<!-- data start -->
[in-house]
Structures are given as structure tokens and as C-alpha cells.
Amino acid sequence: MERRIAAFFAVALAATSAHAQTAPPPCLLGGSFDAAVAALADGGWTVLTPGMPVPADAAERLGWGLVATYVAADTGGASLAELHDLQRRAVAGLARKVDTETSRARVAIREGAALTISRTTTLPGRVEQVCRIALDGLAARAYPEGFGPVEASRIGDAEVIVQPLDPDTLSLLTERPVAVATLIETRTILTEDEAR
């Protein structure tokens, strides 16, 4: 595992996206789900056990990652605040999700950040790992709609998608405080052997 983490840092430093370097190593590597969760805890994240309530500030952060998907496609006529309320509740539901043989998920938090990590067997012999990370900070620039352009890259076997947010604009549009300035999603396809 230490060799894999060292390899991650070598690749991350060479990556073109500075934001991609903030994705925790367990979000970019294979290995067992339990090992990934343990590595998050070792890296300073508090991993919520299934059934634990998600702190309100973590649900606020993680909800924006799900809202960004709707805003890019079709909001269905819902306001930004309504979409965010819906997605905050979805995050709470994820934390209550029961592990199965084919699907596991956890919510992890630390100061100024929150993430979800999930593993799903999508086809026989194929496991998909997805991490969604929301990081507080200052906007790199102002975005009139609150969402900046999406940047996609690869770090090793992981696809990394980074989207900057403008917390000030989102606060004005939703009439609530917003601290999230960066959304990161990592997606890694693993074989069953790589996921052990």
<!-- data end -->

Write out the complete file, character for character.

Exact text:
[in-house]
Structures are given as structure tokens and as C-alpha cells.
Amino acid sequence: MERRIAAFFAVALAATSAHAQTAPPPCLLGGSFDAAVAALADGGWTVLTPGMPVPADAAERLGWGLVATYVAADTGGASLAELHDLQRRAVAGLARKVDTETSRARVAIREGAALTISRTTTLPGRVEQVCRIALDGLAARAYPEGFGPVEASRIGDAEVIVQPLDPDTLSLLTERPVAVATLIETRTILTEDEAR
């Protein structure tokens, strides 16, 4: 595992996206789900056990990652605040999700950040790992709609998608405080052997 983490840092430093370097190593590597969760805890994240309530500030952060998907496609006529309320509740539901043989998920938090990590067997012999990370900070620039352009890259076997947010604009549009300035999603396809 230490060799894999060292390899991650070598690749991350060479990556073109500075934001991609903030994705925790367990979000970019294979290995067992339990090992990934343990590595998050070792890296300073508090991993919520299934059934634990998600702190309100973590649900606020993680909800924006799900809202960004709707805003890019079709909001269905819902306001930004309504979409965010819906997605905050979805995050709470994820934390209550029961592990199965084919699907596991956890919510992890630390100061100024929150993430979800999930593993799903999508086809026989194929496991998909997805991490969604929301990081507080200052906007790199102002975005009139609150969402900046999406940047996609690869770090090793992981696809990394980074989207900057403008917390000030989102606060004005939703009439609530917003601290999230960066959304990161990592997606890694693993074989069953790589996921052990």